Waqar Younis is confident that Pakistan's bowlers can overcome indifferent preparations as well as a switch between extreme weather conditions as they get ready for the start of their white-ball series with England this week.
Pakistan are due to play three ODIs, starting with a day-night game in Cardiff on Thursday, and three T20Is over the next fortnight. They have been in managed isolation since arriving on June 25 but have been training; they have also played a couple of intra-squad games in that time but inclement weather has meant preparation hasn't been ideal.
"We've been unlucky that the weather is not that good here," Younis, the team's bowling coach, said. "The bowlers have responded well with whatever opportunity we get. We did get some outdoor practices and bowlers have done well in that.
"We're coming over from extreme weather [in the UAE, where most of Pakistan's squad was involved in the PSL] and it's tough to adjust from four-over cricket to 10-over cricket. But they are good bowlers and I'm pleased overall. They're coming from hot weather so we didn't need any long tune up."
Pakistan's bowling attack is fairly settled at the moment, if not in uniformly great form. Shaheen Shah Afridi is coming off the back of a successful international season as well as ending the PSL as third-highest wicket-taker; and since his return earlier this year, Hasan Ali has been Pakistan's best fast bowler. But Haris Rauf and Mohammad Hasnain had an underwhelming second half of the PSL and Shadab Khan's form, as the main spinner, is now a serious concern.
"When we go to a different country you have to acclimatise first and if we look at the two-three tours [recent series against South Africa and Zimbabwe], Pakistan's bowlers have responded very well overall," Younis said. "These are new conditions, last year [in England] we were a younger side, we are a far better side now. Hasan is bowling really well, we travel in a large pack now because of Covid, so it gives you a chance to work with a larger group of bowlers.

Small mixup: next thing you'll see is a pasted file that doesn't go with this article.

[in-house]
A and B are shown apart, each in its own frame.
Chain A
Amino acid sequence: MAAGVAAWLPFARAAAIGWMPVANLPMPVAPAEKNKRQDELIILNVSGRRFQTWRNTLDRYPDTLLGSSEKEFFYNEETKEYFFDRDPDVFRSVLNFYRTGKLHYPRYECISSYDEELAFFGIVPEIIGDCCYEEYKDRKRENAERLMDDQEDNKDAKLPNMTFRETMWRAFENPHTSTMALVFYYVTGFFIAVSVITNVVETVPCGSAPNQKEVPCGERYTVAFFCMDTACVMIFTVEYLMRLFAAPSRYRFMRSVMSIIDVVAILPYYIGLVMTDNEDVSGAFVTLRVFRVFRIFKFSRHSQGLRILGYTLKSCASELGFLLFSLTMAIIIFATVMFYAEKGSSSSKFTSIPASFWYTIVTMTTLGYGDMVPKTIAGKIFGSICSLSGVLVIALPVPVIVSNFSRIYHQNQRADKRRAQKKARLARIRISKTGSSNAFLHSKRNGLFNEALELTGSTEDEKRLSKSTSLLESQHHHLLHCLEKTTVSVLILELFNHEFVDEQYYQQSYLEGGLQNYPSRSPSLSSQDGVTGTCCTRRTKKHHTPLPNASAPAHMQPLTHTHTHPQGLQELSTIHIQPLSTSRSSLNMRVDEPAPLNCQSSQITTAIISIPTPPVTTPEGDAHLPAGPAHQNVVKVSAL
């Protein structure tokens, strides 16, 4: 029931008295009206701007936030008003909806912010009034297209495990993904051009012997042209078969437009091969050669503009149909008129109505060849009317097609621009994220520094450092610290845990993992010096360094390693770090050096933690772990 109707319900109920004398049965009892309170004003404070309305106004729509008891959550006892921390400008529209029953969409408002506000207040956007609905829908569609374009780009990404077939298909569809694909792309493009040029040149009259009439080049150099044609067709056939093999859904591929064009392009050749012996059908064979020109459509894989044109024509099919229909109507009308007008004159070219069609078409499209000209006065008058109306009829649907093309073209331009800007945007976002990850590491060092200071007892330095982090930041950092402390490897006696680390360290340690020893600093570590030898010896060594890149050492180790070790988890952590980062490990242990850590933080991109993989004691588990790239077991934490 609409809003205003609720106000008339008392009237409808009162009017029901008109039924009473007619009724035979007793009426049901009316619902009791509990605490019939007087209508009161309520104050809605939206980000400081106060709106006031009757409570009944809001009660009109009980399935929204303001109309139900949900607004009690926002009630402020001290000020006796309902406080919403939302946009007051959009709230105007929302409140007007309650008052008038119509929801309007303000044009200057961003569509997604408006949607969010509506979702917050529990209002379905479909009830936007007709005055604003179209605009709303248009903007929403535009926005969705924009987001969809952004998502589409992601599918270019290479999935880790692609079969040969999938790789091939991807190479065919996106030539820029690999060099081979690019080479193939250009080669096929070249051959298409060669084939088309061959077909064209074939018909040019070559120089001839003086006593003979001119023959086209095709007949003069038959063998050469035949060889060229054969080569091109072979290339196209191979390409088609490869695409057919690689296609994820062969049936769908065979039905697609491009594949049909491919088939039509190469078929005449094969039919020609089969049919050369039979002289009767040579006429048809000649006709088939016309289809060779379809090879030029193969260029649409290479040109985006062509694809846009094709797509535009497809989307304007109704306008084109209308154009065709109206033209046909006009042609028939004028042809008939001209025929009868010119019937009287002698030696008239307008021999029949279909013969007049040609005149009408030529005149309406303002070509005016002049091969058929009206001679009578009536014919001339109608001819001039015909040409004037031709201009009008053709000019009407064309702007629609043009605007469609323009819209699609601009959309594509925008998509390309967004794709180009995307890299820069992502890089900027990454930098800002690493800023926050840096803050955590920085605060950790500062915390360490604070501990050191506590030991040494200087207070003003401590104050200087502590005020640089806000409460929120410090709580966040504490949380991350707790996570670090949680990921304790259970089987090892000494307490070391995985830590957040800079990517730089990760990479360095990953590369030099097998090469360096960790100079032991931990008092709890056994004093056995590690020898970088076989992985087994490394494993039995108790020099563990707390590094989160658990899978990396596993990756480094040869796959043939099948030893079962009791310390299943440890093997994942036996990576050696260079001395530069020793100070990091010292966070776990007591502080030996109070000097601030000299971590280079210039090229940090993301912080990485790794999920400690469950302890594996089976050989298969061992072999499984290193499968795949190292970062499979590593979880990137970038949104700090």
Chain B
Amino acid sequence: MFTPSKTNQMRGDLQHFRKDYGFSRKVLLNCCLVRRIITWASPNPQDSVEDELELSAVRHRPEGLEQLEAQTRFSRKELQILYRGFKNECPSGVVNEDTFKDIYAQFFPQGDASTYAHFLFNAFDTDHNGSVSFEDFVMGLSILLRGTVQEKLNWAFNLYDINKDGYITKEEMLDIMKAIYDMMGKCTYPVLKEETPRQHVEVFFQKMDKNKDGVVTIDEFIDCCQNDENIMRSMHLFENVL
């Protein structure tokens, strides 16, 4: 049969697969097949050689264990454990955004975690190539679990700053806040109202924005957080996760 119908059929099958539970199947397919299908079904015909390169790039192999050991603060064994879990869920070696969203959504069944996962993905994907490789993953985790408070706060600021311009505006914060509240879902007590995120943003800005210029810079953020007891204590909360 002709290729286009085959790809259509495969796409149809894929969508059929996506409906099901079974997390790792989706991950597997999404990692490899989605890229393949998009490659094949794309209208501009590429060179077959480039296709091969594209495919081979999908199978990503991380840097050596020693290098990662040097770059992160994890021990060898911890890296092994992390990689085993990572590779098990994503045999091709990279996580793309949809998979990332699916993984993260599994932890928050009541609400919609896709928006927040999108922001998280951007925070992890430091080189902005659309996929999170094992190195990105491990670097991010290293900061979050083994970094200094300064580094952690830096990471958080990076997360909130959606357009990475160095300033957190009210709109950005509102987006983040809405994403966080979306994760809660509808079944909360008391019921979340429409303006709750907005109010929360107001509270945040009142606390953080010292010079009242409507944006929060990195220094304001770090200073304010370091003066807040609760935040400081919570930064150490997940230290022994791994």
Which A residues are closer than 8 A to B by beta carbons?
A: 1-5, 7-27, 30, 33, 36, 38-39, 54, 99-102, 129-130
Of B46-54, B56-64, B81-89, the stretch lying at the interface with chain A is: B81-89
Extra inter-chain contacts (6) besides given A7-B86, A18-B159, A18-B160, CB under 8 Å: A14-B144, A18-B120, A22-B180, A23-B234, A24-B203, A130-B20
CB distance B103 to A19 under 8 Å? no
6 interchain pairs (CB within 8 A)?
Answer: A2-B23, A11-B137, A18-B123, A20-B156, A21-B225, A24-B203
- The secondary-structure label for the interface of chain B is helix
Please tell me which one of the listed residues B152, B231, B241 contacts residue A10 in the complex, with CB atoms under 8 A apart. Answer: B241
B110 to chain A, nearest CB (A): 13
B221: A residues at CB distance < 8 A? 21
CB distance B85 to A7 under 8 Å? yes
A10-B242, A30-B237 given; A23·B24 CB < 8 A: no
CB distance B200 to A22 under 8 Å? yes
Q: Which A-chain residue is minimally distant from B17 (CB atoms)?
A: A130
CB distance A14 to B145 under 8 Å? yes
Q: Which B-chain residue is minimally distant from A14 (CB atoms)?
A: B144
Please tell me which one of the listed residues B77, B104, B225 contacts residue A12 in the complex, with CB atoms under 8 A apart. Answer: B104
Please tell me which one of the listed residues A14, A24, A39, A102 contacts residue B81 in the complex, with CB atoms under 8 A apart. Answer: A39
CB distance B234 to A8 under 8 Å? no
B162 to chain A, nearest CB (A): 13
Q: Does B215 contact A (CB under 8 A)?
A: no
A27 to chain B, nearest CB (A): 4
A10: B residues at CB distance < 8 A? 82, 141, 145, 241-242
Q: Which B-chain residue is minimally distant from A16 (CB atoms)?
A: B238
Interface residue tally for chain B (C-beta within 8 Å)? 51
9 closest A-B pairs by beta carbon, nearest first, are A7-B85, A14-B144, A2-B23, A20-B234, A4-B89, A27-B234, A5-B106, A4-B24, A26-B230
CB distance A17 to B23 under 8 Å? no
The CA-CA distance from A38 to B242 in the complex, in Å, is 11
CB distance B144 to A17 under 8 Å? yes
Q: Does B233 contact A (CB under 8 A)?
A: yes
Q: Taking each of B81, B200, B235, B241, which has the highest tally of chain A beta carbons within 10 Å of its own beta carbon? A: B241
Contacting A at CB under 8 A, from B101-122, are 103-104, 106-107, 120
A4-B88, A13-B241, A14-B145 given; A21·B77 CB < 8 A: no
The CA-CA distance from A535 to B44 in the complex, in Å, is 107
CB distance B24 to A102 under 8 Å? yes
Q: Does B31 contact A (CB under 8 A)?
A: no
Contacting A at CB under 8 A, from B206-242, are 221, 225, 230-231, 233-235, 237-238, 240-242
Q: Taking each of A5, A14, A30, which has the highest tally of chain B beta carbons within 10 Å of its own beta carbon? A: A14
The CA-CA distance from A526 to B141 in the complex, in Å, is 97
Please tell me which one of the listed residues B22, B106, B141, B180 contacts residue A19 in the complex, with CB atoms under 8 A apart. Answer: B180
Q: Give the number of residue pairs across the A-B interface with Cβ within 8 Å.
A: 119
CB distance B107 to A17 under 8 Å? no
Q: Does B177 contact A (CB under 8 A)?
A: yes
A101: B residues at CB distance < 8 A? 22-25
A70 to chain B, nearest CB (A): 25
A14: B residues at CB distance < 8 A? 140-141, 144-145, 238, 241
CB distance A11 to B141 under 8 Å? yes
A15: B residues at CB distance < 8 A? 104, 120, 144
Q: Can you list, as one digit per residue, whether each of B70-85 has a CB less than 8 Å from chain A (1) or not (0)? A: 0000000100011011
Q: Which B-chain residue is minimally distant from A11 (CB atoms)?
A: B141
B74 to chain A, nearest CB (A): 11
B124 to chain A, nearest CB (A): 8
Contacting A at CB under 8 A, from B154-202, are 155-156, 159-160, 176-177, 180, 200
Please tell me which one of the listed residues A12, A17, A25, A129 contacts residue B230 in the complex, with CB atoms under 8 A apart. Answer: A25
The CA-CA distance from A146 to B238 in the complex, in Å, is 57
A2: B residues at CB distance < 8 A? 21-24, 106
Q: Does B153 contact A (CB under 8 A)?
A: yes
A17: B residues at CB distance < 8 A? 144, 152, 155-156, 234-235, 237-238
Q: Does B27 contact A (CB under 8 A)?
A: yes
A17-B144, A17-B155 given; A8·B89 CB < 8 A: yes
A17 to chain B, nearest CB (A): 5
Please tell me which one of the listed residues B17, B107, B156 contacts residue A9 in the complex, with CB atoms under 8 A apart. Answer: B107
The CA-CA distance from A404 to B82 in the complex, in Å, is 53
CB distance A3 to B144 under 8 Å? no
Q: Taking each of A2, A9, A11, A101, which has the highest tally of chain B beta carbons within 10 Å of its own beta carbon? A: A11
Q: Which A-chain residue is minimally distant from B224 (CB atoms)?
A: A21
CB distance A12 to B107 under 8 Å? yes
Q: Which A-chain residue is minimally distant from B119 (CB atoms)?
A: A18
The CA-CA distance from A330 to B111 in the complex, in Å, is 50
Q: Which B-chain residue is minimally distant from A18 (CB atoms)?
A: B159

"As I said earlier we haven't had ideal preparation, and though this is not an excuse it would have been good had there been some sun out. When you are playing for your country you are in a different outfit, it's a different ball game. I have high hopes that Hasan, Haris and Shaheen will come good. Hasnain's bowling well and so is Faheem [Ashraf]."
One bowler who is not here, and is not likely to feature soon in a side coached by Misbah-ul-Haq and Younis, is Mohammad Amir. Amir has, for the moment, retired from international cricket, or, more accurately, made himself unavailable for selection under the current management. Amir met with the PCB chief executive Wasim Khan earlier this year, however, in a move that was seen as a clearing of the air between the bowler and the PCB.
It's unlikely, however, that Amir will return anytime soon, not least because his recent bowling form doesn't warrant it. He ended a chastening PSL season with just five wickets from 11 matches (and one in his last seven), conceding 8.37 runs per over and with a strike rate of 50.
"To be honest I didn't know that Wasim [Khan] had gone there and met him and what they discussed, we only found out through the media," Younis said. "He is a head of cricket and has every right to go and see whoever he wants to see. He went there in his personal capacity, we didn't know about it, but the thing has come out and it has caused a controversy.
"There is lot said about Amir and a lot has been said about him already. No doubt he is a fine cricketer, but if he doesn't want to play and doesn't want to take his retirement back and play and impress the selectors, I mean then it is hard. This is Pakistan cricket, it's not yours or mine. You have to do the right things to play for your country, this is not franchise cricket, one has to remember that."